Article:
US 20030171065 A1
An infant mobile includes three units: a kicking unit containing a first infrared transmitter and a receiver, a mobile unit, and a remote control unit including a second transmitter, enabling remote activation by a parent or activation by the infant.
1. A mobile for infants, comprising:
a mobile unit including a motor, a rotating member from which are suspended a plurality of objects, and an receiver, wherein said motor is arranged to rotate said rotating member upon receipt of a wireless command signal by said receiver;
a kicking unit including a kick-bar arranged to be moved when kicked by an infant, said kick-bar activating a switch which causes a wireless transmitter to send said wireless command signal to said mobile unit, whereby said kicking unit serves as a first remote control unit for activating said mobile.
2. A mobile as claimed in
3. A mobile unit as claimed in
4. A mobile unit as claimed in
5. A mobile unit as claimed in
6. A mobile unit as claimed in
7. A mobile unit as claimed in
8. An infant-activated wireless remote control, comprising:
a kick-bar mounted in said housing;
a switch arranged to be activated by said kick-bar; and
a wireless transmitter arranged to be activated by said switch.
9. An infant-activated wireless remote control as claimed in
10. An infant-activated wireless remote control as claimed in
11. An infant-activated wireless remote control as claimed in
12. An infant-activated wireless remote control as claimed in
13. An infant-activated wireless remote control as claimed in
14. An infant mobile, comprising:
a kicking unit containing a kick-bar, a first transmitter, and a first receiver,
a mobile unit including a second receiver, and
a remote control unit including a second transmitter,
wherein the first transmitter communicates with the second transmitter to activate said mobile unit, and wherein the second transmitter communicates with said first receiver to activate said kicking unit.
15. An infant mobile as claimed in
16. An infant mobile as claimed in
17. An infant mobile as claimed in
 1. Field of the Invention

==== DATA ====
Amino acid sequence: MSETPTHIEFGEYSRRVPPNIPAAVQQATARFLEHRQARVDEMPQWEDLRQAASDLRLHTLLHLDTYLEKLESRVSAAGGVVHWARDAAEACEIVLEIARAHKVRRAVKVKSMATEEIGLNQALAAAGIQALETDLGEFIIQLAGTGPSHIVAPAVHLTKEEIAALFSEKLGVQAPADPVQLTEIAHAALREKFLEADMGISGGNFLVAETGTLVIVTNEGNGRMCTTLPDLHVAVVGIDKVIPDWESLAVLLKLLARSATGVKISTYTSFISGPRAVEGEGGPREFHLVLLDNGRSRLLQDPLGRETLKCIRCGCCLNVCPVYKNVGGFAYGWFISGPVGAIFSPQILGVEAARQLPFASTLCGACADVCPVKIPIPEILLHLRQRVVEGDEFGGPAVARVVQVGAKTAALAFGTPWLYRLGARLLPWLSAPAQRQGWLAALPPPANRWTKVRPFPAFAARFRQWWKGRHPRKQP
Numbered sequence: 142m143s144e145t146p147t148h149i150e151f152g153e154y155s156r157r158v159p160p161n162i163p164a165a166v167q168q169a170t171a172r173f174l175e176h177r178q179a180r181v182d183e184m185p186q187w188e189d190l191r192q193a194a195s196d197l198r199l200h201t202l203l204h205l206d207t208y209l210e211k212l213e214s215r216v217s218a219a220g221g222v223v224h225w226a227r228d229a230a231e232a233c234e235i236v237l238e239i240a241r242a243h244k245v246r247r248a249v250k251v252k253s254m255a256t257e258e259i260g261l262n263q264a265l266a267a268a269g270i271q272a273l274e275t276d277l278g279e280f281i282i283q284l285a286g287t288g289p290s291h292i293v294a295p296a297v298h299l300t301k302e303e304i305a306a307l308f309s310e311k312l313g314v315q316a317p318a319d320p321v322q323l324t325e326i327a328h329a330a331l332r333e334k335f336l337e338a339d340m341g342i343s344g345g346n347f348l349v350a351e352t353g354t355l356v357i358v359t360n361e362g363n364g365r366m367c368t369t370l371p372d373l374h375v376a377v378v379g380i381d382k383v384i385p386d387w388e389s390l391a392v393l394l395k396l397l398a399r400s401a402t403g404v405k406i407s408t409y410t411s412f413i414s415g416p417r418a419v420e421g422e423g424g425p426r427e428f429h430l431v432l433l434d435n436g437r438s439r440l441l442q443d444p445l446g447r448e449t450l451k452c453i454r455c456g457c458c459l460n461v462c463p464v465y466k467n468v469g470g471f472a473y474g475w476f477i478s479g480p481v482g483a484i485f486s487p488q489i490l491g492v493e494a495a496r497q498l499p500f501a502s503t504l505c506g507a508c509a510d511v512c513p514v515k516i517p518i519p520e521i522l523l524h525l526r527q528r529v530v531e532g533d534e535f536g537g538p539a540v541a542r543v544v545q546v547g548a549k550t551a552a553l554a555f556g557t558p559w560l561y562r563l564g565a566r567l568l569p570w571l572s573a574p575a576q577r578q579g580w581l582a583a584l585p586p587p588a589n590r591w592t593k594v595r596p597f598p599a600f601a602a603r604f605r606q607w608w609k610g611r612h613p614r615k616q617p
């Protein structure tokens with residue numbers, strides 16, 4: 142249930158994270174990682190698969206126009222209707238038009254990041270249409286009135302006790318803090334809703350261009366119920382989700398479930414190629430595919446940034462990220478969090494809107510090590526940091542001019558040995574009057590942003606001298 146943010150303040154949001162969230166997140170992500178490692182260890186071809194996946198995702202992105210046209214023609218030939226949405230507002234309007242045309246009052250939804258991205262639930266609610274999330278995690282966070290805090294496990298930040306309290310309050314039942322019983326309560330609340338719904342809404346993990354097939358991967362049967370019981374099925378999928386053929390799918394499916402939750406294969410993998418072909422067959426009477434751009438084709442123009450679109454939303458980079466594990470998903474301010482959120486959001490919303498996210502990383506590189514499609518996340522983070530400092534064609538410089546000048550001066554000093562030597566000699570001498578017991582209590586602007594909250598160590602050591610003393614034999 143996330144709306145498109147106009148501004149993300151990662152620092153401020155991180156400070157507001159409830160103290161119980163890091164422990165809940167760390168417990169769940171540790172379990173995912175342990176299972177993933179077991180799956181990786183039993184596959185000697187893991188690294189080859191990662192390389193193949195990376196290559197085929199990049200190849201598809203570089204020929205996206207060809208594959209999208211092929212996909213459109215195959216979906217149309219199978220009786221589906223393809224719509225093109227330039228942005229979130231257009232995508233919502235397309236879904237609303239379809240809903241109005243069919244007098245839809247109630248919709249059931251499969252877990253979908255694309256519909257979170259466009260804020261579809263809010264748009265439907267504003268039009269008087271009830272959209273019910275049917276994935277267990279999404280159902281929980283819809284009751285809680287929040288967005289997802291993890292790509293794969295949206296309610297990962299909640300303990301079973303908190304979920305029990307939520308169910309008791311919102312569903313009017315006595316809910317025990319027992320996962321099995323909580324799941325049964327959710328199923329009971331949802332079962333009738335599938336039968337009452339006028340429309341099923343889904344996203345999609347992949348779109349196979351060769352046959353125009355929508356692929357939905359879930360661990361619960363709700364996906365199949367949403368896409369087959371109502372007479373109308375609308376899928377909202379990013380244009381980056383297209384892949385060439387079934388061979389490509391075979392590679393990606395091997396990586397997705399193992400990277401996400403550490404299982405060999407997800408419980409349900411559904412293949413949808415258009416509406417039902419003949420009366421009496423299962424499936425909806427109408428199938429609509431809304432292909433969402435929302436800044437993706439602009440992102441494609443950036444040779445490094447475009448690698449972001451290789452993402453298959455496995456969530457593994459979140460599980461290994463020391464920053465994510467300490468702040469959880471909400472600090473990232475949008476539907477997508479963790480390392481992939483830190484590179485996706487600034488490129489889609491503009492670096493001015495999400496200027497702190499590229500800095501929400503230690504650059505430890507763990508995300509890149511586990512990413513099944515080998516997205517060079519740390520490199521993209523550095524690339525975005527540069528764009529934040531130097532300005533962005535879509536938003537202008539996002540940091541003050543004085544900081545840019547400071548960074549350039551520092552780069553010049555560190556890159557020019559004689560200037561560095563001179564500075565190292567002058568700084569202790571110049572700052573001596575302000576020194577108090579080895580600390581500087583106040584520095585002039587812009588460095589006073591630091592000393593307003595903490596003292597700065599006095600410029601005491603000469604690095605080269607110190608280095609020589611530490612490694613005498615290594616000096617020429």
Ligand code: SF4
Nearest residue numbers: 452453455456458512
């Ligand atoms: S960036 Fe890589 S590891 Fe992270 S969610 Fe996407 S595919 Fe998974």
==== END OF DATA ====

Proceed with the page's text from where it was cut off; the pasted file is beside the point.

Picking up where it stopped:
This invention relates generally to infant mobiles and, more particularly, to an infant mobile that may be remotely activated by a kick-bar.
 2. Description of Related Art
 The related art may be divided into four categories:
 a. infant mobiles with conventional wind-up or switch activation;
 b. conventional crib gyms or activity centers;
 c. crib toys of various types, including crib gyms and mobiles, that may be remotely controlled by a parent; and
 d. crib gyms or activity centers with kick-bars.
 The present invention is a combination of categories c. and d., namely a mobile that is remotely controlled by a kick-bar, thus enabling the mobile to be controlled not only by the parent, but also by the infant.
 The theory behind the kick-bar is that even an infant that is not able to intentionally manipulate objects, or even to move body parts in a controlled manner, may benefit from linking an effect, such as playing of music or activation of a light, to a random action on the part of the infant. The idea is that if the effect occurs often enough in response to the action, the infant will begin to associate the effect with the action, and thus begin the process of actively engaging his or her surroundings. Since all infants kick from the moment of birth, the kick-bar is an ideal way to elicit input from even the youngest infant.
 Until now, however, kick-bars have not been used in connection with mobiles. To the contrary, mobiles are generally suspended out of reach of the infant and, unlike a crib gym or activity center, are intended to be passively viewed rather than touched or manipulated. While remote controls have been used in connection with infant mobiles, the remote controls are designed to be activated by a parent from a distance rather than by the infant, so as to enable activation of the mobile without the infant being aware of the parent's presence.
 By way of background, examples of typical, non-remotely actuated mobiles designed to be suspended out of reach of the infant and activated only by the parent are found in U.S. Pat. Nos. 3,919,795 and 5,951,360; examples of standard crib activity centers designed to be hung within reach of the infant, to include sound and/or motion effects, and to be manipulated by an older infant capable of sitting up and actively manipulated objects, are found in U.S. Pat. Nos. 4,973,286 and 4,551,114; and an example of a floor or crib gym which includes hanging objects designed to be grasped or batted by an infant lying on its back, and which may also include motion, sound, and/or lighting effects, is disclosed in U.S. Pat. No. 5,478,268.
 An early example of a mechanical crib toy activated by an infant kick board is disclosed in U.S. Pat. No. 2,461,682 discloses a mechanical crib toy activated by an infant kick board, while more contemporary kick board activated crib activity centers with lights and sound are disclosed in U.S. Pat. Nos. 6,203,395 and D450,782.
 On the other hand, U.S. Pat. Nos. 4,207,696 and 4,640,034 disclose sound-activated mobiles, while U.S. Pat. No. 4,984,380 discloses an infant mobile that is activated in response to body motion of an infant detected by a passive infrared sensor. These systems offer a certain degree of interactivity, but lack the tactile input of a kick-bar, and do not enable an infant to associate specific motions with motion of the mobile.
 The present invention combines the concept of the kicking unit, which has heretofore only been used with gym-type crib toys, with the infant mobile, creating a new category of crib toy that bridges the gap between more passive mobiles of the type taught in U.S. Pat. No. 4,984,380 and more interactive crib toys of the type taught be U.S. Pat. No. 6,203,395.